Multisignature

From Bitcoin Wiki
Revision as of 03:20, 8 March 2015 by Geremia (talk | contribs) (Created page with "Multisigniture (multisig) refers to requiring more than one key to authorize a Bitcoin transaction. Consider the following scenario:<ref>https://bitcointalk.org/index.php...")
(diff) ← Older revision | Latest revision (diff) | Newer revision → (diff)
Jump to: navigation, search

Multisigniture (multisig) refers to requiring more than one key to authorize a Bitcoin transaction.

Consider the following scenario:[1]
Suppose I am working with a company that wants to accept Bitcoin for international trades.

The company, for security reasons, would not want a single one of its employees to have access to the company BTC wallet's password. Any transaction would have to meet the approval of more than one employee.

Is this possible already? If not, how could it be implemented with public-key cryptography?
Multisig is the the solution to this.

Implementations

Shamir's Secret Sharing Scheme (ssss)[2] is a general software implementation of multisig.

Specific to Bitcoin, GreenAddress.it has 2of3 accounts (requiring at least two of three keys to authorize a transaction). Coinbase also offers 2of3 and 3of5 multisig, which they call Vault.

Multisigniture Addresses

A multi-signature address is an address that is associated with more than one ECDSA private key. The simplest type is an m-of-n address - it is associated with n private keys, and sending bitcoins from this address requires signatures from at least m keys. A multi-signature transaction is one that sends funds from a multi-signature address.[3]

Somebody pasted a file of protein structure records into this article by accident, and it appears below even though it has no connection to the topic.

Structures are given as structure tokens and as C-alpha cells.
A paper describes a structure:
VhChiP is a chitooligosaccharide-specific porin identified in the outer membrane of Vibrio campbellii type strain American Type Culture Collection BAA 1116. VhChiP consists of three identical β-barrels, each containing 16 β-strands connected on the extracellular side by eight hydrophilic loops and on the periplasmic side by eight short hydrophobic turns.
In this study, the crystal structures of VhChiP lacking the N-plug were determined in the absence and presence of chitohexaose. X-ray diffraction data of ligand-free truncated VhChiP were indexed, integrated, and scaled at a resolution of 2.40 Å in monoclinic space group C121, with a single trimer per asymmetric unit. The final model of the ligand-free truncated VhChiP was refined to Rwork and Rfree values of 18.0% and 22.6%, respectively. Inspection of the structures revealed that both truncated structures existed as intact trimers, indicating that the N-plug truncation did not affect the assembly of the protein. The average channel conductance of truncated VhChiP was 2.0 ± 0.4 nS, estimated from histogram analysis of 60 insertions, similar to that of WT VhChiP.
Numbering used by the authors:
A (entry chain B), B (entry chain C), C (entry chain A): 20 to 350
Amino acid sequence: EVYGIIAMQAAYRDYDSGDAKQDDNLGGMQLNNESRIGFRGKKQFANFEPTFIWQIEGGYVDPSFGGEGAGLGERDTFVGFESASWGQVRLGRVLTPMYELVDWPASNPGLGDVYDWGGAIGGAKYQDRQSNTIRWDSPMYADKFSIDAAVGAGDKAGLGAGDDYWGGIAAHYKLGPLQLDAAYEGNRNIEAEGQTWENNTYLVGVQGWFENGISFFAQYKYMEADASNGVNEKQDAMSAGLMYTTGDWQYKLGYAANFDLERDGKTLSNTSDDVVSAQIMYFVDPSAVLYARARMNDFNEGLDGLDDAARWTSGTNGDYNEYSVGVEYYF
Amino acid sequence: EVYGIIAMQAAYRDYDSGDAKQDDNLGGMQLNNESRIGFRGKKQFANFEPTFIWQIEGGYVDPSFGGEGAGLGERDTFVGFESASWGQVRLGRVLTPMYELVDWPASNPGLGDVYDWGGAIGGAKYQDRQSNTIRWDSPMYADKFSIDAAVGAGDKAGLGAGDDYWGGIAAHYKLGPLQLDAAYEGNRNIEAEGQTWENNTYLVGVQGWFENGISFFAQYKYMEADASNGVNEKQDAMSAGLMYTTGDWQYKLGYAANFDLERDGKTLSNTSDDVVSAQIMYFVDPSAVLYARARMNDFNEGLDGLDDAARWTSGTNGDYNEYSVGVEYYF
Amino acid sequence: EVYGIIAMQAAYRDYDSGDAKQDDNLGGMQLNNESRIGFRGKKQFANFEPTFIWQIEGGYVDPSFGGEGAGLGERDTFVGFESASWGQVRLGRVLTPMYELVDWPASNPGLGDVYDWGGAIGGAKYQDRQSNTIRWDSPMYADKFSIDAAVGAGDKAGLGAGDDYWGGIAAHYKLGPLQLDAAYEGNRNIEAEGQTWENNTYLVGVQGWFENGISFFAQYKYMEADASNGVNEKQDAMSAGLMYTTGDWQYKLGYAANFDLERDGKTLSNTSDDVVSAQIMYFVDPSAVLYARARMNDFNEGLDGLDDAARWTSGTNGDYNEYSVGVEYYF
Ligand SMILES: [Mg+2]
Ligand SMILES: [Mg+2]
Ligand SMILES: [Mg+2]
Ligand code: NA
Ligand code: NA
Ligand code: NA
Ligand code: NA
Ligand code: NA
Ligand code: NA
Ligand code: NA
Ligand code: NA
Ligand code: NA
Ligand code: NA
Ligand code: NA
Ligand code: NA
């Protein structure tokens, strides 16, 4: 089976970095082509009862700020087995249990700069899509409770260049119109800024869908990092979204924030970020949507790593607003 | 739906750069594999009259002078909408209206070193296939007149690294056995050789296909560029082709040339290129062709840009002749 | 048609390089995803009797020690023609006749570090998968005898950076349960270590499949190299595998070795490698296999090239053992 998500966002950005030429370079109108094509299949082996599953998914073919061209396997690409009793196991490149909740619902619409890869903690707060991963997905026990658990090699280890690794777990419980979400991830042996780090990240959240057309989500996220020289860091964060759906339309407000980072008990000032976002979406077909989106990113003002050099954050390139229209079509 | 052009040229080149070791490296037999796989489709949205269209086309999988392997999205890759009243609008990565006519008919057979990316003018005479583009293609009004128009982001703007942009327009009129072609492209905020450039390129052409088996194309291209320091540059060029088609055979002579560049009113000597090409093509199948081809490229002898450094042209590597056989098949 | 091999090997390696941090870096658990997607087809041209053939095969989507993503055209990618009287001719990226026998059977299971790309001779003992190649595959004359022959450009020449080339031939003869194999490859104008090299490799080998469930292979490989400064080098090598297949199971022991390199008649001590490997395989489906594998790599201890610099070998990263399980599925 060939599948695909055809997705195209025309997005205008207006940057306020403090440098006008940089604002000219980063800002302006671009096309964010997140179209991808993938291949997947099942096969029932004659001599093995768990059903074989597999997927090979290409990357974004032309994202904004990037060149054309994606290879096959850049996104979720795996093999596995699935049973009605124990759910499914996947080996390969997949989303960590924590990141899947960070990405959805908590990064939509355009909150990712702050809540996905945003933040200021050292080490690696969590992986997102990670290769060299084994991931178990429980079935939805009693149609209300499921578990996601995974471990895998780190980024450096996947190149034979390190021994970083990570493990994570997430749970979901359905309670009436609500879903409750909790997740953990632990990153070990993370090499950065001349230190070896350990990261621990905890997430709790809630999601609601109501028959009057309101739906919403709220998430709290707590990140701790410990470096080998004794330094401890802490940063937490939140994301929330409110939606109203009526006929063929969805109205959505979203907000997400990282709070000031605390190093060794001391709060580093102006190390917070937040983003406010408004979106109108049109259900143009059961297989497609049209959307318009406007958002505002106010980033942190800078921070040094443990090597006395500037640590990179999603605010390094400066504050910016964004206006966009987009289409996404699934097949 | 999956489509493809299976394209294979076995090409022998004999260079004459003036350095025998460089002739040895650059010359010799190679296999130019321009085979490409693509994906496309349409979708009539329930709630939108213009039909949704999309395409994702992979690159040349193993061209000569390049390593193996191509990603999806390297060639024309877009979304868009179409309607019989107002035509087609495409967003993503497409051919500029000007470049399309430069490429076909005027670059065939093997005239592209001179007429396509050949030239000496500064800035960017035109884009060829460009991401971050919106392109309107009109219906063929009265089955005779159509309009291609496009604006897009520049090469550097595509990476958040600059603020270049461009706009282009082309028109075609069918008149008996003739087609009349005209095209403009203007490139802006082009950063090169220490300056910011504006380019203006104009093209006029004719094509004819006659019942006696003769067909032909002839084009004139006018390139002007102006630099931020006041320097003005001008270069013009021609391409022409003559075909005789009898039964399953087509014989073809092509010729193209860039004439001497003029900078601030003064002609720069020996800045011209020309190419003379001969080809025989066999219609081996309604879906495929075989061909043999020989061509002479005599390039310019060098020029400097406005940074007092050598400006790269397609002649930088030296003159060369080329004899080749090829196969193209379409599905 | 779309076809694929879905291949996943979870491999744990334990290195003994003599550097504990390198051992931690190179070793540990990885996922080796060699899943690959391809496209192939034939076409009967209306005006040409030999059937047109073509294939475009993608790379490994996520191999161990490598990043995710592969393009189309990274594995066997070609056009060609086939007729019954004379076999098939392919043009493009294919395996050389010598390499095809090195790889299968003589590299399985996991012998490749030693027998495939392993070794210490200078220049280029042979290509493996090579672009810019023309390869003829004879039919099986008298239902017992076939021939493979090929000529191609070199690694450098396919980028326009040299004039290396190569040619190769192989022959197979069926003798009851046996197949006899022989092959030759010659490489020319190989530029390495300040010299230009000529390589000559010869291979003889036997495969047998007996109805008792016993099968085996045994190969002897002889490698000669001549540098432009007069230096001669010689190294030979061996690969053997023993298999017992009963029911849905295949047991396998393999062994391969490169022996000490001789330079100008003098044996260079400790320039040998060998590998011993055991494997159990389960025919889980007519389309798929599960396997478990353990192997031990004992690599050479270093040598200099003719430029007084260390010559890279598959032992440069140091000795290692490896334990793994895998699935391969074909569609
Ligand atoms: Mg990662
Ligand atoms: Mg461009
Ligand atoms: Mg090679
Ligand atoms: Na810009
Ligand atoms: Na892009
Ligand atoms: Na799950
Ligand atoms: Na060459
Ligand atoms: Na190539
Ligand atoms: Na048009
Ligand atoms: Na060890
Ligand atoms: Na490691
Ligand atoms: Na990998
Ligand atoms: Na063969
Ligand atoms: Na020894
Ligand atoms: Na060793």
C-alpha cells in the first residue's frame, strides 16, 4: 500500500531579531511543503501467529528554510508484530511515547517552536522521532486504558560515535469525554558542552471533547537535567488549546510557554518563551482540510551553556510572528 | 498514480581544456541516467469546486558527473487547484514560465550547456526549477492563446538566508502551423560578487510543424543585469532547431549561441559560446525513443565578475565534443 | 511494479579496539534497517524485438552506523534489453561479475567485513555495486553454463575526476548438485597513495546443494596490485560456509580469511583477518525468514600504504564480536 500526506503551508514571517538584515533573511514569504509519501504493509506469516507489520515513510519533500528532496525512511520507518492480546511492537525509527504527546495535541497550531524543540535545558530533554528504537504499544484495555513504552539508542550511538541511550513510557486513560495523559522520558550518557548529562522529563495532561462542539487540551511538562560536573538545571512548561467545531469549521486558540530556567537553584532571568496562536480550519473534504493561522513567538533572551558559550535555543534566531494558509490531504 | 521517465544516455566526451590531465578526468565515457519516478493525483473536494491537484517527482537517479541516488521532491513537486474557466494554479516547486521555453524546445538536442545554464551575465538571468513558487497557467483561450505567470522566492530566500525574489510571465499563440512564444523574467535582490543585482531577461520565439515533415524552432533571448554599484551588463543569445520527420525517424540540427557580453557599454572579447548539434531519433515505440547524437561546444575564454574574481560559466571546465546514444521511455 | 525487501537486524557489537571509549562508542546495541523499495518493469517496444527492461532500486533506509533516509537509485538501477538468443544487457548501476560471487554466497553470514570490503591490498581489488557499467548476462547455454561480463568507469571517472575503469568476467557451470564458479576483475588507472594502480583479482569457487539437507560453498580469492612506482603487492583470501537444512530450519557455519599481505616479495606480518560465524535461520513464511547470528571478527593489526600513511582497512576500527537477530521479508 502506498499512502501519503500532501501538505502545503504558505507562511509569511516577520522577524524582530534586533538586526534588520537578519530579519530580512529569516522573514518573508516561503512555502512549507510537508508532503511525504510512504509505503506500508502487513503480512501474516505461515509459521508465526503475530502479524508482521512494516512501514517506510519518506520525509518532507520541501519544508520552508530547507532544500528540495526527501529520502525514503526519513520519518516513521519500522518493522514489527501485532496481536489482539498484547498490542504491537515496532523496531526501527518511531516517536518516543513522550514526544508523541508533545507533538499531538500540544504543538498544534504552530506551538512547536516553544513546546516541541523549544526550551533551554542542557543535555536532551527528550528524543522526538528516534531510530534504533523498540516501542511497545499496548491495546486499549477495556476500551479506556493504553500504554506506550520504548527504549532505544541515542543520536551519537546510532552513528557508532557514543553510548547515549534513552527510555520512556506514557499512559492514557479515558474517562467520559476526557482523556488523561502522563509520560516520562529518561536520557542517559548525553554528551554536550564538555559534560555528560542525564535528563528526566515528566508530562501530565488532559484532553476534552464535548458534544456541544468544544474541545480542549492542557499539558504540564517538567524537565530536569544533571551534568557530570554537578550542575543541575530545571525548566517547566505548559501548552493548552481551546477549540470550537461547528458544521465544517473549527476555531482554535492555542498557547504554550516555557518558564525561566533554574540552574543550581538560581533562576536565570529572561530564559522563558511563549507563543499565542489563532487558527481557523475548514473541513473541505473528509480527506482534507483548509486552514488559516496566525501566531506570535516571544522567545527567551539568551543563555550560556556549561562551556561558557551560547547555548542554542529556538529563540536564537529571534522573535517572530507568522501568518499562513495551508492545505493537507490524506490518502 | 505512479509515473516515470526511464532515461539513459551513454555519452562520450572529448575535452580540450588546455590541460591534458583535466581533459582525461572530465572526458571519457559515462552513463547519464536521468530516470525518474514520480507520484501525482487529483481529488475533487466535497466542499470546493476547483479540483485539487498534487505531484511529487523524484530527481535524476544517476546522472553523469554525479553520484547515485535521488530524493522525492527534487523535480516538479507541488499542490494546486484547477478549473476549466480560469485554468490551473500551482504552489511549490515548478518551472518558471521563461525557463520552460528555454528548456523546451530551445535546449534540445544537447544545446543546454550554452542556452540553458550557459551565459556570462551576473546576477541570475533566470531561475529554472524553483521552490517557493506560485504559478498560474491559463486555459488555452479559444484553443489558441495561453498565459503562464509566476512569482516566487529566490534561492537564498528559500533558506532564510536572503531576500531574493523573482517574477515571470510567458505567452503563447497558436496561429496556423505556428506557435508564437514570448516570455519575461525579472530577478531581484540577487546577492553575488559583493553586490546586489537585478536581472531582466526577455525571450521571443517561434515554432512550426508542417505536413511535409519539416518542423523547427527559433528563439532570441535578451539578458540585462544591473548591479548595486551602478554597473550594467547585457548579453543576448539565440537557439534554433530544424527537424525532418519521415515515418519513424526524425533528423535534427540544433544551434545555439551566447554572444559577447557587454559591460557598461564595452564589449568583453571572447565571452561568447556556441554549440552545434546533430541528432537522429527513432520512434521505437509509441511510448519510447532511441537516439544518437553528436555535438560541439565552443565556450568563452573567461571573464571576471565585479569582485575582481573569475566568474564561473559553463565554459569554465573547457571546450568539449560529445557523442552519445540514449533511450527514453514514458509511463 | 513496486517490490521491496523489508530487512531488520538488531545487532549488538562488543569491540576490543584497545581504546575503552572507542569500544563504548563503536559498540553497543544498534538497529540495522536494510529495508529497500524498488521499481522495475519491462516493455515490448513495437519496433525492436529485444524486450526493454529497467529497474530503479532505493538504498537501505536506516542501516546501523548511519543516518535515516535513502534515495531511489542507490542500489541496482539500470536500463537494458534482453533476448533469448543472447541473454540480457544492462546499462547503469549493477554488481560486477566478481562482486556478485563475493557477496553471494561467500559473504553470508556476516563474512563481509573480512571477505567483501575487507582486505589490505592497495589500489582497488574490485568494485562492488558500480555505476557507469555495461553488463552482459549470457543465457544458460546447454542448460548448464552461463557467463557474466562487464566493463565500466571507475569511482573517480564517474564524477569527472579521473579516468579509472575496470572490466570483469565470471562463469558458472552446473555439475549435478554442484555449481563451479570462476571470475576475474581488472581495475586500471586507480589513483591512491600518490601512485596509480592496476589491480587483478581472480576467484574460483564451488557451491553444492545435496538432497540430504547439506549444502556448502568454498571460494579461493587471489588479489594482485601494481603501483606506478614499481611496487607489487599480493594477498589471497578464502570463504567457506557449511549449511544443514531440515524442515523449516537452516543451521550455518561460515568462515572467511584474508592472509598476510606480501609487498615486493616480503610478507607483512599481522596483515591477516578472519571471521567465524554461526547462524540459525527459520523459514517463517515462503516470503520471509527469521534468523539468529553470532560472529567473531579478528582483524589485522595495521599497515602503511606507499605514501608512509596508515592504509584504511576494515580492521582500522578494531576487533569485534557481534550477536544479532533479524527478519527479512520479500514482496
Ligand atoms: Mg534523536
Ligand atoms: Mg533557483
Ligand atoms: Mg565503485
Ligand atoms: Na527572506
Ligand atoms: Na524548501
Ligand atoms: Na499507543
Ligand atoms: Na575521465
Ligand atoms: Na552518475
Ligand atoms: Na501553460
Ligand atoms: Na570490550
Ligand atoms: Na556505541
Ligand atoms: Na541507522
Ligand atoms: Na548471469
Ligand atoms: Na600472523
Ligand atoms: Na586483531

Creating a Multisigniture Address

A 2of3 multisig address can be created by following these steps:[4]

  1. Gather (or generate) 3 bitcoin addresses, on whichever machines will be participating, using getnewaddress or getaccountaddress RPC commands (or copy and paste from the GUI).
  2. Get their public keys using the validateaddress RPC command 3 times.
  3. Then create a 2-of-3 multisig address using addmultisigaddress; e.g.
    bitcoind addmultisigaddress 2 '["044322868cb17d64dcc22185ae2d4493111d73244c3668f8ac79ecc79c0ba8d30a6756d0fa20157 709af3281cc721c7f53321a8cabda29b77900b7e4fe0174b114","..second pubkey..","..third pubkey.."]'
addmultisigaddress returns the multisignature address. Be a little careful, the public keys are raw hexadecimal and don't contain checksums like bitcoin addresses do. You can then send funds into that 2-of-3 transaction using the normal sendtoaddress/sendmany RPC commands, or the GUI (or anything that's been updated to recognize multisig addresses).[5]

References